Hunt for the Green Economy

Everyone loves it, but does anyone know what it is??


Everyone loves it, but does anyone know what it is?

Governments today are keenly interested in promoting the “green economy,” and it’s easy to understand why. The International Labour Organization estimates the global market for environmental products and services will expand from US$1.4 trillion in 2008 to US$2.7 trillion by 2020. Statistics Canada reports that firms in this country sell $20 billion of environmental goods and services every year. But what does the “green economy” consist of? And what, exactly, should be counted as a “green job”?

Unfortunately, there are no generally accepted definitions. Statistics Canada considers the “environment industry” to comprise firms engaged in measuring, preventing, limiting or correcting environmental damage, as well as businesses that produce clean or resource-efficient technologies that reduce emissions and/or minimize waste. This definition has the advantage of focusing on end use rather than the attributes of a product or service. Accordingly, Statistics Canada classifies a “green job” as one involved in the provision of environmental goods or services, as defined above. This captures a mix of businesses, from environmental consulting firms to companies making products that reduce pollution, improve energy efficiency and supply alternative (carbon-free) sources of energy.

How big is the sector? There is a tendency in some quarters to overstate both the number of green jobs and the growth prospects of the sector. Perhaps the most extreme example is the Political Economy Research Institute (PERI) at the University of Massachusetts. The PERI recently compiled employment numbers for occupations associated with six strategies that American states are using to address global warming: building retrofits, mass transit, energy-efficient automobiles, wind power, solar power and cellulosic biofuels. In the case of wind power, the PERI argues that building wind farms creates jobs for sheet-metal workers, machinists and truck drivers, among others. Thus, sheet-metal workers in Indiana are classified as part of the green economy regardless of whether they ever cut steel for an actual wind turbine. Ditto for construction workers who may spend a small portion of their time working on green energy projects or retrofitting buildings.

This approach rests on an inflated concept of how to measure the green economy. The same flaw is found in a new Ontario report sponsored by the Green Energy Act Alliance, Blue Green Canada and the World Wildlife Fund. This study improbably suggests that 90,000 new jobs per year can be created by a stepped-up pace of investment in Ontario’s green economy. It is hard to take this claim seriously; in a normal year, total employment in Ontario rarely increases by more than 100,000. Moreover, this study, like many others, largely overlooks the job losses that surely would result if Ontario followed the authors’ advice to sharply boost prices for electricity and other energy sources.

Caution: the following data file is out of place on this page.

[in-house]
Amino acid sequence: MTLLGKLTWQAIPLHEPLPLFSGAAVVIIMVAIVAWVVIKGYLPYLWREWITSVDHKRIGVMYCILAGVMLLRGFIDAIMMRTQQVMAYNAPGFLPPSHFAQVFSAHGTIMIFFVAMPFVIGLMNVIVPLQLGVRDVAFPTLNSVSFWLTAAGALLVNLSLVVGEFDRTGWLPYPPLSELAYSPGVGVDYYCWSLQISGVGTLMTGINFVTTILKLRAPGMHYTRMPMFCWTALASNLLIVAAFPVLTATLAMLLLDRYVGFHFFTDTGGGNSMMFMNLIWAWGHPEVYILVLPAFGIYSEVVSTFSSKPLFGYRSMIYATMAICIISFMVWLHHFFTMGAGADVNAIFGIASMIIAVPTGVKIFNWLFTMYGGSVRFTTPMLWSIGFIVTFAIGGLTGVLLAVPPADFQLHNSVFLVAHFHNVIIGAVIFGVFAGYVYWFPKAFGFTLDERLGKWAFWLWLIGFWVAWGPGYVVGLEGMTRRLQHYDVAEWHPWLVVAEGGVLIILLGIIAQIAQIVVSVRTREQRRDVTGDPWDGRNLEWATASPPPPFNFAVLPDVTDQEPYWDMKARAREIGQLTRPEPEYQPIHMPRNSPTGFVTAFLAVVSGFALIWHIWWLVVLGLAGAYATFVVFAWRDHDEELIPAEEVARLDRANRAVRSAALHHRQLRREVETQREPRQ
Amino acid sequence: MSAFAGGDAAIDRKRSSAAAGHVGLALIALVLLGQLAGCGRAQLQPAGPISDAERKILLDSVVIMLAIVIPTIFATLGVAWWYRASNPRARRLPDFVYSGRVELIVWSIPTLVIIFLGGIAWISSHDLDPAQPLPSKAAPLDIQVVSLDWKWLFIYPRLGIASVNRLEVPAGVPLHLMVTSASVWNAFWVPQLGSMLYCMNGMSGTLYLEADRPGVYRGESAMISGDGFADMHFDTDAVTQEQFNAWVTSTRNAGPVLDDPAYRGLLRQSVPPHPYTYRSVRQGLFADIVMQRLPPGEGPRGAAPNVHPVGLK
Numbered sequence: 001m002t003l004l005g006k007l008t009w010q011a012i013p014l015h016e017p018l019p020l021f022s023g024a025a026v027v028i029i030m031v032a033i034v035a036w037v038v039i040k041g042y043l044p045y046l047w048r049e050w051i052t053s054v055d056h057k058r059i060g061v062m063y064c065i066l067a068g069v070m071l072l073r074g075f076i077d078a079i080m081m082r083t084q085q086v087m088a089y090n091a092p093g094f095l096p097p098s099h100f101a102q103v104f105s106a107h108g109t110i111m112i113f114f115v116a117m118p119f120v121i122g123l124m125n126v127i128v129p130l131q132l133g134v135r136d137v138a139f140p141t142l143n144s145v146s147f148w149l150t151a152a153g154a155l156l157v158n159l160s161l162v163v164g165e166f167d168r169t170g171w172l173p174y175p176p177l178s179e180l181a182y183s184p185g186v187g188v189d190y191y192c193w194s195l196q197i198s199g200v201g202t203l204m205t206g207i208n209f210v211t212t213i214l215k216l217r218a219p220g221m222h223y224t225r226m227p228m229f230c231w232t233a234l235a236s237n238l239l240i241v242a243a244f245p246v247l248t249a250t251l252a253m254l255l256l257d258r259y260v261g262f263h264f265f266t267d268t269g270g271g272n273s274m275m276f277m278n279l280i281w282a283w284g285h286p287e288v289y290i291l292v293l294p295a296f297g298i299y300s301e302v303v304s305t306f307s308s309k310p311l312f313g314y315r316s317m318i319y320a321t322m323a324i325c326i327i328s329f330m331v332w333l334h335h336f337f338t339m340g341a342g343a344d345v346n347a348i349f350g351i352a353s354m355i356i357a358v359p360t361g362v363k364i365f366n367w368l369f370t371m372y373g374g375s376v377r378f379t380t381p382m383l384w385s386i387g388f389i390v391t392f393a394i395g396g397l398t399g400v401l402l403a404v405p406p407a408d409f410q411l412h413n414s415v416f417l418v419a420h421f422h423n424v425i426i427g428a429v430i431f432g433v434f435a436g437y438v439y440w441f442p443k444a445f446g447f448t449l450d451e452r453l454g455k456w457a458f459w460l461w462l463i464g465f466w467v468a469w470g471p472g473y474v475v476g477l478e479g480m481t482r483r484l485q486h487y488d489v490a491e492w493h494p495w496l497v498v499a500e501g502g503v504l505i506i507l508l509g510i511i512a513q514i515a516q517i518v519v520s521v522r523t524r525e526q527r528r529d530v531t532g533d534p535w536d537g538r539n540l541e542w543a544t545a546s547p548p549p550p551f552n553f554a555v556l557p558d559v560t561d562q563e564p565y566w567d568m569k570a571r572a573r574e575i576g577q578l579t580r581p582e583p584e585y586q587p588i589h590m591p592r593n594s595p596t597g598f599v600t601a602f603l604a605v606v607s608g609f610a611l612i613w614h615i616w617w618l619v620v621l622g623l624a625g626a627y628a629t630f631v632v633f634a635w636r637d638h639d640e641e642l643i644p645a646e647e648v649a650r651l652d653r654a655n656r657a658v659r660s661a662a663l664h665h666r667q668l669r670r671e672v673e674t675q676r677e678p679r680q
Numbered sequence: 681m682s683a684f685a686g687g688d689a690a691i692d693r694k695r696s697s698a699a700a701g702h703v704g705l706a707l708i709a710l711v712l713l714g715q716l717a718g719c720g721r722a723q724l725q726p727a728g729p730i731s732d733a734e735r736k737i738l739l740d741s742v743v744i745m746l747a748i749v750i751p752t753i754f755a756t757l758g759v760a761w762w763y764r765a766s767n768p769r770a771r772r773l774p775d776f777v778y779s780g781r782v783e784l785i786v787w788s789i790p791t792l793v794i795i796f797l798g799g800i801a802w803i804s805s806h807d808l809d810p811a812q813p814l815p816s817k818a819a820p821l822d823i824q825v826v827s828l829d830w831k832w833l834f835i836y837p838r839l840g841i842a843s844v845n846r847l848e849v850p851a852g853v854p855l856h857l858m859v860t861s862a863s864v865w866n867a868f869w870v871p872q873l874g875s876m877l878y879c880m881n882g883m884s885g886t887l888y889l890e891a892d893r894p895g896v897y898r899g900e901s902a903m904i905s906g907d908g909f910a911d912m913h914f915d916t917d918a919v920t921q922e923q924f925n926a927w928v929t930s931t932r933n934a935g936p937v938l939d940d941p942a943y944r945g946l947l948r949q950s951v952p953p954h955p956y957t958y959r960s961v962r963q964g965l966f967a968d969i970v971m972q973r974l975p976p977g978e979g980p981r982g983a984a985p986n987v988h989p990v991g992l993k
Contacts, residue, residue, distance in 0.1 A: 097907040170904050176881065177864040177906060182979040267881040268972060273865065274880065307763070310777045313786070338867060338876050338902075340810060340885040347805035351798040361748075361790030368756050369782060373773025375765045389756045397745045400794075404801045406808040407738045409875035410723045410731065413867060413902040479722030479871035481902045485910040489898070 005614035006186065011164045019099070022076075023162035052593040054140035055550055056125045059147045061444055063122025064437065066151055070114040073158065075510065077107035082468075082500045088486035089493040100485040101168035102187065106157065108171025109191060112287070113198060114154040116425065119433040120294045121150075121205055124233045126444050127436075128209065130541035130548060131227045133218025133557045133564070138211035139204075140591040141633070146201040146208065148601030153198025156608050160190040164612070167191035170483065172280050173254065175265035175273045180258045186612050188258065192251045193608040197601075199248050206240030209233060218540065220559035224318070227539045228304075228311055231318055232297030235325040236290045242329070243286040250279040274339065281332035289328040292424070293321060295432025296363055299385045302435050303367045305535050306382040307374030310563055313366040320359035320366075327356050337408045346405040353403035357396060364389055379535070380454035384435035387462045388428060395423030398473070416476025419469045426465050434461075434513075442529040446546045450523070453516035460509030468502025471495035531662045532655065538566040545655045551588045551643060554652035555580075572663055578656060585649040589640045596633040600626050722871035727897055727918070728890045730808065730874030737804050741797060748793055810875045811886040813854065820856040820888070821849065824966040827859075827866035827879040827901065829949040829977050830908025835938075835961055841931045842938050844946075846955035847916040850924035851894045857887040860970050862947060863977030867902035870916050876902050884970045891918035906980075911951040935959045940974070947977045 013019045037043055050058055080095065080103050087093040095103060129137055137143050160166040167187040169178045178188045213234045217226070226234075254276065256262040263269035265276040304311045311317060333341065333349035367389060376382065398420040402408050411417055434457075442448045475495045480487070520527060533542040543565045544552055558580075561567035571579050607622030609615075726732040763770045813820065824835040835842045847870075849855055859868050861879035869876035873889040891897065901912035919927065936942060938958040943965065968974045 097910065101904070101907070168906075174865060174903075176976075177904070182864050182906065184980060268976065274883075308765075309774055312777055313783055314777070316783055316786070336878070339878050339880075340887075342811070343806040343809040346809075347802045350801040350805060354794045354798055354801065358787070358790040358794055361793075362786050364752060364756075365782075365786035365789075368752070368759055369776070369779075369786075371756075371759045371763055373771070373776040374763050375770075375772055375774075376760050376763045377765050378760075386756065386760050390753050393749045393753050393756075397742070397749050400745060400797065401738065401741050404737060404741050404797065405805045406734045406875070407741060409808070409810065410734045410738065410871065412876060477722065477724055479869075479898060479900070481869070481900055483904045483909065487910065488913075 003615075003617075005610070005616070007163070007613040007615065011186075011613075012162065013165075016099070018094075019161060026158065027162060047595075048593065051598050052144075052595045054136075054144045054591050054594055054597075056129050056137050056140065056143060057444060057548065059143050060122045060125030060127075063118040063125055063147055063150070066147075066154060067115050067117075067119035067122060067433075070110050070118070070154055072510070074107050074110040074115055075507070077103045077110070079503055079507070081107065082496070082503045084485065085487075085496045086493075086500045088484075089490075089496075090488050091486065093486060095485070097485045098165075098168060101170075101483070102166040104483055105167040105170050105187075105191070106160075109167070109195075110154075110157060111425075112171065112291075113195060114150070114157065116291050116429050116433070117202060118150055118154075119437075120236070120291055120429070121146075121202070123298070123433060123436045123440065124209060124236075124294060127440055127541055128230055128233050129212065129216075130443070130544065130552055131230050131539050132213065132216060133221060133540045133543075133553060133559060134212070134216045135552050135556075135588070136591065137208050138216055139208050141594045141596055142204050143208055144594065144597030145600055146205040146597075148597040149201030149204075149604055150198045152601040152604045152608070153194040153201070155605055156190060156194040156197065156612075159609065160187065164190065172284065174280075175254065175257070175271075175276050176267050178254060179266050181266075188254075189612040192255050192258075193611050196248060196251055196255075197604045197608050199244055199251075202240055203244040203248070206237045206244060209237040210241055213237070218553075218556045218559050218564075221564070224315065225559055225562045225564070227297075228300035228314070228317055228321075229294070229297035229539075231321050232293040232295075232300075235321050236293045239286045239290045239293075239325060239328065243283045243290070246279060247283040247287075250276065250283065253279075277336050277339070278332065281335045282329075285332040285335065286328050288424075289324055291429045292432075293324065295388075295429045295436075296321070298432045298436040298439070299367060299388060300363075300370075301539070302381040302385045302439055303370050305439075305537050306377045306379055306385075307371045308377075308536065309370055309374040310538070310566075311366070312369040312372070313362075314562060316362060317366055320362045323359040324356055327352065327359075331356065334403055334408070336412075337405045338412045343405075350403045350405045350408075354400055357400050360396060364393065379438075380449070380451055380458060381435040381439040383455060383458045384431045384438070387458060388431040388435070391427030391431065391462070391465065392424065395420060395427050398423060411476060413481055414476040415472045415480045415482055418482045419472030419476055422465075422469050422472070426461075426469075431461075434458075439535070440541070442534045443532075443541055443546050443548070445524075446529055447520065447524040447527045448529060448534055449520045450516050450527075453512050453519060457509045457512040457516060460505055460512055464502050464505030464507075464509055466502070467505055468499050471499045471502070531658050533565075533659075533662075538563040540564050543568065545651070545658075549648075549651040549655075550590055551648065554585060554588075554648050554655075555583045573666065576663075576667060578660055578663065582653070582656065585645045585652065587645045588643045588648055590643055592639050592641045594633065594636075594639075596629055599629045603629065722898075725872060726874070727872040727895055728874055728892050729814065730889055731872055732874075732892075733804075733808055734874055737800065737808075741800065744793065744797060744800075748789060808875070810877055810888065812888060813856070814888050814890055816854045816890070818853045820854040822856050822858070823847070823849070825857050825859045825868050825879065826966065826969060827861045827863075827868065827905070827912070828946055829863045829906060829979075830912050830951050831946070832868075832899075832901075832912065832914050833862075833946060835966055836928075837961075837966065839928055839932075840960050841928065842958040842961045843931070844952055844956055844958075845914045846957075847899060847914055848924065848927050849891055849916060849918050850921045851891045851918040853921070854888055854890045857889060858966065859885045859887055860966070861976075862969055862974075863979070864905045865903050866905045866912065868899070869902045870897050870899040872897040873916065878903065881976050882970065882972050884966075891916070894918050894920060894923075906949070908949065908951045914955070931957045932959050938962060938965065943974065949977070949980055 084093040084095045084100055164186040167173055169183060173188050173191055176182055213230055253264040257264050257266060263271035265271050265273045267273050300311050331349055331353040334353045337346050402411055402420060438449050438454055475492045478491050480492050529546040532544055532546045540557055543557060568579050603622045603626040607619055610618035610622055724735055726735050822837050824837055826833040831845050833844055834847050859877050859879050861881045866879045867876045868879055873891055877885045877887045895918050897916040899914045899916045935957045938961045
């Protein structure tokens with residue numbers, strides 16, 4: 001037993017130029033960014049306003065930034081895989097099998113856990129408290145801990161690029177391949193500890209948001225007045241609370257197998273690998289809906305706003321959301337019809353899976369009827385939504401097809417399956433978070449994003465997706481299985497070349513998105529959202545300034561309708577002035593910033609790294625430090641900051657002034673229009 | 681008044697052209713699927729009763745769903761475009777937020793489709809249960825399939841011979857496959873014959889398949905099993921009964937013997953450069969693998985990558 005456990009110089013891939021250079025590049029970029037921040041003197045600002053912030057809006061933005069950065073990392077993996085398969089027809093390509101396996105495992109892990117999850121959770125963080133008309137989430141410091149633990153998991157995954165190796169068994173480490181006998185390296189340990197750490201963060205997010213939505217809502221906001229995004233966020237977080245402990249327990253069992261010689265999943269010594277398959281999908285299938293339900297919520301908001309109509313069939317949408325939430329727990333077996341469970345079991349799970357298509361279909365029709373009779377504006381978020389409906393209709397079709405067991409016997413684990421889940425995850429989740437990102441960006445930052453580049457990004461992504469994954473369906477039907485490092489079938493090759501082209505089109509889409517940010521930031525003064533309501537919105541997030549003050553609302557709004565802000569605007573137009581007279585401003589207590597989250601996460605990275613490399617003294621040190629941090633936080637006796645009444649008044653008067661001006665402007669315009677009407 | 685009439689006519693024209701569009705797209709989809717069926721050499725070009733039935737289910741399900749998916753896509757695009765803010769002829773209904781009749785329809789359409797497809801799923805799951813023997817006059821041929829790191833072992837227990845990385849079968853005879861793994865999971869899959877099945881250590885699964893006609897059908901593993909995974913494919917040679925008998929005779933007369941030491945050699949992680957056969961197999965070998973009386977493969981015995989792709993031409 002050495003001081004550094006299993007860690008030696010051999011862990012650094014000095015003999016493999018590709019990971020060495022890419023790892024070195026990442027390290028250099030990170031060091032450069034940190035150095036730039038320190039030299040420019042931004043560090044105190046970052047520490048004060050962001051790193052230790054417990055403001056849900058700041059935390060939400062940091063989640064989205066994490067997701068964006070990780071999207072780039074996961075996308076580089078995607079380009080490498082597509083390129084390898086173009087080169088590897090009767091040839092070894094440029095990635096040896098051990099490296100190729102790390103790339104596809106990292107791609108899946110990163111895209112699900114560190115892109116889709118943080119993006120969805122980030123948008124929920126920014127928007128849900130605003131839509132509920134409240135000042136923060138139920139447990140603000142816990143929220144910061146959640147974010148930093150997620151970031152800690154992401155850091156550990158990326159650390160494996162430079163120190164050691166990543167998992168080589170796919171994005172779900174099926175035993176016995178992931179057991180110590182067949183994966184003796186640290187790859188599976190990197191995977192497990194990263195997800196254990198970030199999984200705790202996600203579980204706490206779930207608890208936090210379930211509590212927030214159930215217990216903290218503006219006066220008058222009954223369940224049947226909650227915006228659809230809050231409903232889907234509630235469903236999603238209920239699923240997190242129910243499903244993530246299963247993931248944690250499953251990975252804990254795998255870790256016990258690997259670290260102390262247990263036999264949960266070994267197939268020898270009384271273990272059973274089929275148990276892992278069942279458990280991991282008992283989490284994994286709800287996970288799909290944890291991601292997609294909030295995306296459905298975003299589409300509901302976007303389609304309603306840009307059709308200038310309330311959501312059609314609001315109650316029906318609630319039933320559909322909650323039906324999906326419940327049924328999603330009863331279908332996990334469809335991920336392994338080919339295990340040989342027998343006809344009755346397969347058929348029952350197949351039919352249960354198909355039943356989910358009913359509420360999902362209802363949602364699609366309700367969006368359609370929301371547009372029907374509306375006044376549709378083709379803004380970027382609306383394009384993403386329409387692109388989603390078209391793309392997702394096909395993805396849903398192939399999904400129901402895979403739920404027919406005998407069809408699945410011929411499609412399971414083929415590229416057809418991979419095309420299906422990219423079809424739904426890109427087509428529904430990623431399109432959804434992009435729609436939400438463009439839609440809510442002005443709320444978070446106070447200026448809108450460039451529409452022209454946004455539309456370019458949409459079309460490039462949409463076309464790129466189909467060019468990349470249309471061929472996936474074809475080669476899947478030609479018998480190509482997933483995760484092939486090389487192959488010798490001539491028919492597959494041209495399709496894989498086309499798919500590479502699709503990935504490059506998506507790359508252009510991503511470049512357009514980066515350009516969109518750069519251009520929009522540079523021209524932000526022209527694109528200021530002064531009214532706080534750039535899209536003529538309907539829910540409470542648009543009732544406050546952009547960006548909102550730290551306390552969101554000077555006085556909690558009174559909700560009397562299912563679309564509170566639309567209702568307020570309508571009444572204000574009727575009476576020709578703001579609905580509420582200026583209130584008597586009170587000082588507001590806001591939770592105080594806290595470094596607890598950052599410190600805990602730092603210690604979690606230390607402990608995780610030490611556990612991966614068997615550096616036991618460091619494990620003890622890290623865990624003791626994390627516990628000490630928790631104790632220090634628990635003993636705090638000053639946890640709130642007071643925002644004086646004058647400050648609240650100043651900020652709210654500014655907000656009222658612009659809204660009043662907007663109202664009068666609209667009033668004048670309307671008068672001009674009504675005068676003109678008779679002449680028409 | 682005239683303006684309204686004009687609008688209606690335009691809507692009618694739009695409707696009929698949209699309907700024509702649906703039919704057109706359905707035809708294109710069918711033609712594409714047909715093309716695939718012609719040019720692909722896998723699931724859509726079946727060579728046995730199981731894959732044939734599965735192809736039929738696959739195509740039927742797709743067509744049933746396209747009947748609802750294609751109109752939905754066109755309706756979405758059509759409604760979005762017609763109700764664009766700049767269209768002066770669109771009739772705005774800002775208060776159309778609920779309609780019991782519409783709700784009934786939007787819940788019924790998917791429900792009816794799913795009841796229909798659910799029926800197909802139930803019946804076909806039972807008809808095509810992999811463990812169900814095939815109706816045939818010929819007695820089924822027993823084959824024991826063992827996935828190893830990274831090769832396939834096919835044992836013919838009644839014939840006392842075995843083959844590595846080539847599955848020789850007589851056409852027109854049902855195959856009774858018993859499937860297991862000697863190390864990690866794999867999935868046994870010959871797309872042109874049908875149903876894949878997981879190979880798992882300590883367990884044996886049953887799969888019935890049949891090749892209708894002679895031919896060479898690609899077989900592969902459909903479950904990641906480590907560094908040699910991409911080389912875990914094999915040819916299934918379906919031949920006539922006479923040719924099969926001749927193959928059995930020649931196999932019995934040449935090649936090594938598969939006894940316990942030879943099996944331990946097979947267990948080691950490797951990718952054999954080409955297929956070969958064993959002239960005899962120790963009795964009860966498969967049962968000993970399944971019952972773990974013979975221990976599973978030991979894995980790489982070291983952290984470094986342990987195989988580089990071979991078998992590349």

In Germany projections of dramatic job growth in the renewable energy sector recently sparked excitement in North American policy circles. Drilling into the data published by the German government, it turns out that roughly 60 per cent of all existing jobs in this sector are found in energy planning, environmental regulation and enforcement – i.e., they are part of the public sector architecture that oversees renewable energy. These are not the kinds of jobs that green-economy enthusiasts tend to have in mind.

None of this is to diminish the opportunities that exist to grow green industries here in B.C. There is lots of scope to develop and sell more B.C.-produced renewable power. And B.C. already boasts a cluster of innovative “clean tech” companies, including Westport Innovations Inc., Day4 Energy Inc., Nexterra Systems Corp. and others. But policy makers, business leaders and the public need reliable, credible data to make sound decisions. We would all benefit from a realistic definition of the industries and jobs that ought to be included under the heading of the green economy. n

Jock Finlayson is executive vice-president for policy at the Business Council of B.C.